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Daily News Summary
28 May 2020

Coronavirus: "Difficult to say" whether all primary pupils will return to school before September
ISC blog: Battling Covid-19 through Cofight-19
Children as young as nine found with drugs at school, investigation finds

Coronavirus: "Difficult to say" whether all primary pupils will return to school before September


Speaking at the education select committee yesterday, schools minister Nick Gibb said it is "difficult to say" whether all primary school children will go back to school before the summer break. He added he does not "know for certain" whether schools will open at all until new transmissions data is published later today. By Camilla Turner, The Telegraph. An article in iNews reports Mr Gibb has said the Government is considering implementing rotas to enable more primary year groups to return to school safely. By Will Hazell. Schools Week provides a summary of the key takeaways from yesterday's education select committee. By John Dickens.

Prime minister Boris Johnson has said he believes it is safe to reopen schools from 1 June as long as people keep washing their hands regularly and follow the social distancing rules. By John Dickens, Schools Week.

Schools Week reports £300 million has been made available to local authorities to help them identify and respond to coronavirus outbreaks, including in schools. By Samantha Booth.

Dr Patrick Roach, general secretary of the NASUWT, has said schools must not reopen until the Health and Safety Executive has drafted risk assessments and the rate of infection is below one for the black and ethnic minority population. By Camilla Turner, The Telegraph. BAMEed, a network representing black, Asian and minority ethnic (BAME) education staff, has said there is a "significant gap" in guidance for schools on how to keep BAME employees safe. By Freddie Whittaker, Schools Week.

According to a survey of over 26,000 teachers, fewer than half of those who had worked in childcare hubs said social distancing rules had been followed at all times. By Emma Seith, Tes.

The Telegraph explores what the return to primary school might look like. Caroline Yolland, counsellor at The Beacon School in Amersham, offers advice for parents on how they can support their child emotionally ahead of school reopenings.

Education policy experts have warned the prolonged closure of Scotland's schools could cause "irreversible" damage to some children's education. By Daniel Sanderson, The Telegraph. An article in Tes reports the Education Recovery Group is surveying school and nursery staff in Scotland to find out what support they need during the pandemic. By Emma Seith. Johanna Urquhart, principal of Lomond School, writes in The Times arguing the coronavirus outbreak provides an opportunity to revise the education system to ensure pupils are "equipped to take on the future challenges of the world".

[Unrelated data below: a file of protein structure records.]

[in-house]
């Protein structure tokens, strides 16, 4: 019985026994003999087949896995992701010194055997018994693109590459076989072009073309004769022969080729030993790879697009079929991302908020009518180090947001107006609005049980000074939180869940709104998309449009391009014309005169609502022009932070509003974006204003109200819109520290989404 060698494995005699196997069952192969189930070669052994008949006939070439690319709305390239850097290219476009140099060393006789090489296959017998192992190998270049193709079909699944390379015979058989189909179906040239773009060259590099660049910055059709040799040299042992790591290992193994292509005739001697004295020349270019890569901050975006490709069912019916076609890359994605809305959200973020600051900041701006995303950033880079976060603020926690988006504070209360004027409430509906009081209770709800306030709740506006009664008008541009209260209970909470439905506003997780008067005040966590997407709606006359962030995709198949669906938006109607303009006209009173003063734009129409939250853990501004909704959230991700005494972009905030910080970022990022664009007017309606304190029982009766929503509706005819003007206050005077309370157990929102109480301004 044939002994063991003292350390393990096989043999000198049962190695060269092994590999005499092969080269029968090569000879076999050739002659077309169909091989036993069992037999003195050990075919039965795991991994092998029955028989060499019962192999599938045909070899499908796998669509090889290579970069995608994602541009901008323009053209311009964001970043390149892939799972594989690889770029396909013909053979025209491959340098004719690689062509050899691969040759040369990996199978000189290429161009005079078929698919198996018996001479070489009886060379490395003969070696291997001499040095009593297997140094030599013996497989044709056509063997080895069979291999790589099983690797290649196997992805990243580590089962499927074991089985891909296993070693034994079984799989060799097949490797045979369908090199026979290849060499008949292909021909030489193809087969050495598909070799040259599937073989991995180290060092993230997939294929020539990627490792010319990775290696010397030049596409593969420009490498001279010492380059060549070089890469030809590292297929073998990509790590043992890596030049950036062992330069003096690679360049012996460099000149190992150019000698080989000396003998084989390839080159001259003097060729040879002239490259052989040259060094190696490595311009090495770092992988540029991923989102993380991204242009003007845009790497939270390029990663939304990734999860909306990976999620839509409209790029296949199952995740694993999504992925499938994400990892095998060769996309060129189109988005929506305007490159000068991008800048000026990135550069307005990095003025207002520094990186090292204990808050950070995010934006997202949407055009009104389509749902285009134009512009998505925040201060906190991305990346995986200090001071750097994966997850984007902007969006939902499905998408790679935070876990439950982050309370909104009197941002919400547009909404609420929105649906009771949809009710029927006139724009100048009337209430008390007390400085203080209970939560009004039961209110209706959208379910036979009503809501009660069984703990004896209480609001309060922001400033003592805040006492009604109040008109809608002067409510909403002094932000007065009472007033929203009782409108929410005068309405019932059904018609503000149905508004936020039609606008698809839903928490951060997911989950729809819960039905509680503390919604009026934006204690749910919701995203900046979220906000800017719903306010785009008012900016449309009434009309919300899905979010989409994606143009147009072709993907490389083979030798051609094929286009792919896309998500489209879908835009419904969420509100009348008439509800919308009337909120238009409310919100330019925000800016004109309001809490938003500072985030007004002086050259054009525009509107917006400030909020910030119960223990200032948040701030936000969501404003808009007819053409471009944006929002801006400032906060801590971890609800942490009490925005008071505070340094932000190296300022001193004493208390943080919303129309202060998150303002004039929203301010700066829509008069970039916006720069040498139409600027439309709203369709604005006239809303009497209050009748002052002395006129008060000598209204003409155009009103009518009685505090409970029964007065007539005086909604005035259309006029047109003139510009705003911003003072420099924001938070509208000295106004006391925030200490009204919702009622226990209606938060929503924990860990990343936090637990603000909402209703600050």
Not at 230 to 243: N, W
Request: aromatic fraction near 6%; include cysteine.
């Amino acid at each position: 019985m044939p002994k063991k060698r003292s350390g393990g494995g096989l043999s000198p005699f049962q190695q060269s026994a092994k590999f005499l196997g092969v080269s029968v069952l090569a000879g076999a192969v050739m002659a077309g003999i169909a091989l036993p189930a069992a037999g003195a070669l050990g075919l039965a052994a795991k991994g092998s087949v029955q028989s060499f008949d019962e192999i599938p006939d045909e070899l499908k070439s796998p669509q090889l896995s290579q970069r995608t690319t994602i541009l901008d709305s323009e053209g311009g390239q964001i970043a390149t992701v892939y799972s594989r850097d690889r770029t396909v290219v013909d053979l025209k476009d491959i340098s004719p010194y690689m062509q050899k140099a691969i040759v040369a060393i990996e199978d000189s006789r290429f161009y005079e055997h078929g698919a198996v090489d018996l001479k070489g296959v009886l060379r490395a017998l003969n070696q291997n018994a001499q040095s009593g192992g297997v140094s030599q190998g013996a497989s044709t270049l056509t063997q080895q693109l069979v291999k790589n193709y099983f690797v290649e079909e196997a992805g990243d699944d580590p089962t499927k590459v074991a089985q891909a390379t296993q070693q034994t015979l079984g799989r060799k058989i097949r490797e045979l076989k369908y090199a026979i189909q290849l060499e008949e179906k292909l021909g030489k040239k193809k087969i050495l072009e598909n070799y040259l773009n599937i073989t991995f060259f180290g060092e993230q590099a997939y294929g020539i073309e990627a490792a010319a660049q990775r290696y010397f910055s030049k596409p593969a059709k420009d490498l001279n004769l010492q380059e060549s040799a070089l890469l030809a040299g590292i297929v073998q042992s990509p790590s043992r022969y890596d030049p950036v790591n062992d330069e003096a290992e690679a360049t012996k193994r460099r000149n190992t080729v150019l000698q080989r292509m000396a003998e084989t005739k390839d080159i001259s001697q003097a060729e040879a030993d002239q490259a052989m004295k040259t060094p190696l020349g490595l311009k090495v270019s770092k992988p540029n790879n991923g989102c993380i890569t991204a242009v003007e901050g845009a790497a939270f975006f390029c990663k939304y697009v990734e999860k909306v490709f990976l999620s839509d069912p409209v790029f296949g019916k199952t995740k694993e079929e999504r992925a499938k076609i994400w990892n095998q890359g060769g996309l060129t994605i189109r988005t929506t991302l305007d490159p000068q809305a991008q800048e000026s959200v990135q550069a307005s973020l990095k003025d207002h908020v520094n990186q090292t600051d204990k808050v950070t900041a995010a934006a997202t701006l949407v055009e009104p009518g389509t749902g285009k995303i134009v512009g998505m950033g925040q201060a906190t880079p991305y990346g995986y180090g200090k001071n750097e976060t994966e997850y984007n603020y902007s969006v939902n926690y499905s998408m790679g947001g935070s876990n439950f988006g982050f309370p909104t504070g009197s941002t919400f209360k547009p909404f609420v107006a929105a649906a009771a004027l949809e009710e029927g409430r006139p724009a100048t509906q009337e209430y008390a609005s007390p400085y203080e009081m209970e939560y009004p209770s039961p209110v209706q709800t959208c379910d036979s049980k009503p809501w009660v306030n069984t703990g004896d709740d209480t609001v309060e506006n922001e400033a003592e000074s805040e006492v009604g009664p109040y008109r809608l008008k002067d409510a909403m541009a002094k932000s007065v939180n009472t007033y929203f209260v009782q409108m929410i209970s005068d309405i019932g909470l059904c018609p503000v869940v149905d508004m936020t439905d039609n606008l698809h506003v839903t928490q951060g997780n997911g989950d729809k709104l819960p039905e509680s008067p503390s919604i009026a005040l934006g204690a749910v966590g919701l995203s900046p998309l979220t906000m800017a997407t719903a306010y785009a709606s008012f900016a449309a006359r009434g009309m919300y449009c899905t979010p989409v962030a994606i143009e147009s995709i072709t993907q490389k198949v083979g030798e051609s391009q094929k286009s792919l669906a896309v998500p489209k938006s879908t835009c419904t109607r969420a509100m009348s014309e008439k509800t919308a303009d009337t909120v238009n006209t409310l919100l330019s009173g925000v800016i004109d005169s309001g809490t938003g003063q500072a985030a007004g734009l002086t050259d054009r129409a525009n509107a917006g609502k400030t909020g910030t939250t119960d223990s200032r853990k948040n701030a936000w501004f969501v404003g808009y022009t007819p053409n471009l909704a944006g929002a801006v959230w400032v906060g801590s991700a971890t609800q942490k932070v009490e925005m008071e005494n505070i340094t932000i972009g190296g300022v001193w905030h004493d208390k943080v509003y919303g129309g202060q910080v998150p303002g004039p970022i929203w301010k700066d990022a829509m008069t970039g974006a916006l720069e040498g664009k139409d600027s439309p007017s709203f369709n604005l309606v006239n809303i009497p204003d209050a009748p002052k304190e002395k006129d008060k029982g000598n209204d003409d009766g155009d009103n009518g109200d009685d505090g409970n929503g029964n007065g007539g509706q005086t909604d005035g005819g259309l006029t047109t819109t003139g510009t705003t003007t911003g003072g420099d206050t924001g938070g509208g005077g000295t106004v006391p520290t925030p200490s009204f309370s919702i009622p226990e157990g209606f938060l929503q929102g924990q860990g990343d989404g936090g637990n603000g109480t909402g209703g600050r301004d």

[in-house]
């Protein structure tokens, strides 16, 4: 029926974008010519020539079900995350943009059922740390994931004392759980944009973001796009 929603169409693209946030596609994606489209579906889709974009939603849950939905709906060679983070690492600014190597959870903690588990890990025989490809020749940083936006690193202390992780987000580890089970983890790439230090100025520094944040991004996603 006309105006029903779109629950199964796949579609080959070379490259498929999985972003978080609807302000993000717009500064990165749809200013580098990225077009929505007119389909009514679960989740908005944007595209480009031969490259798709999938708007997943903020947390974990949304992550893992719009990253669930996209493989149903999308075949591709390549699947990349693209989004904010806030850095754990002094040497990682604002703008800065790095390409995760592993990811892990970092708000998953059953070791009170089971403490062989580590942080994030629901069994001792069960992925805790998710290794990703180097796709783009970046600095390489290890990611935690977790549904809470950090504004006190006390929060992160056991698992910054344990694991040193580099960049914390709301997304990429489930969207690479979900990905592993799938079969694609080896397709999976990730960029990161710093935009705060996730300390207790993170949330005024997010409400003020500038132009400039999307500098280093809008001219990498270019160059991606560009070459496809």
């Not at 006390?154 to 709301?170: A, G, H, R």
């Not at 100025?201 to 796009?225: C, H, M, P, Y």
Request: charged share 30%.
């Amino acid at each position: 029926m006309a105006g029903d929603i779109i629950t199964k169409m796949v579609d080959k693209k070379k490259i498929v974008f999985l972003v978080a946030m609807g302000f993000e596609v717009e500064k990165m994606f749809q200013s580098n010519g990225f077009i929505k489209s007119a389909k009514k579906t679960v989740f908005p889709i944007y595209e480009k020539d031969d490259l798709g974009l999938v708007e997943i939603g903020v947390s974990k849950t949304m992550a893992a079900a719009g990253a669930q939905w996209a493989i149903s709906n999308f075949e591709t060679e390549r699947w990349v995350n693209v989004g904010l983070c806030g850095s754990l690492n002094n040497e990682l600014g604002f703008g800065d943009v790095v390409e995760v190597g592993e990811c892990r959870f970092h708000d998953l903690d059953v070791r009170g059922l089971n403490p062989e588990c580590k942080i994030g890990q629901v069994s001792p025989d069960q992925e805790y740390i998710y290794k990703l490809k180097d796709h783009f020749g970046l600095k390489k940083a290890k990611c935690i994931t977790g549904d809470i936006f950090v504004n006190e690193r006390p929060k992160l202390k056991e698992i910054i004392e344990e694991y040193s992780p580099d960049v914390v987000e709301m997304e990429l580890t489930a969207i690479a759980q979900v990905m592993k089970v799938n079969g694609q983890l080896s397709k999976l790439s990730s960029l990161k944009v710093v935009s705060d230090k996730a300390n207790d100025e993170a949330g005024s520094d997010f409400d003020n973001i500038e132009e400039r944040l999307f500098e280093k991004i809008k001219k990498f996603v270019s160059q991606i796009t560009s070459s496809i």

Tulip Siddiq, the shadow children's minister, has criticised the Government's announcement yesterday that it would fund free school meal vouchers throughout the May half term, saying the decision has been made "far too late". By John Dickens, Schools Week.

The Association of School and College Leaders has called on the Department for Education to expand its free laptops scheme to include vulnerable and disadvantaged children in more year groups. By Amy Gibbons, Tes.

Baroness Kidron, a crossbench peer and founder of the 5Rights Foundation, writes in The Times expressing concern over the harmful content children may be exposed to online during lockdown.

Graeme Boyd, a learning resource specialist at Berlin Brandenburg International School, writes in Tes about the ways school libraries are adapting during school closures, adding they provide a "wonderful resource" to students and staff.


ISC blog: Battling Covid-19 through Cofight-19


Nick Dyson, director of creative enterprise at Francis Holland School, Sloane Square, reflects on the success of Cofight-19, an initiative launched to provide much-needed support for children and their families during the pandemic.


Children as young as nine found with drugs at school, investigation finds


The Telegraph reports more than 2,600 incidents involving drugs on school grounds were reported to police in England and Wales between 2016 and 2019, amid concerns young people are being drawn into "county lines" gangs.

The Telegraph


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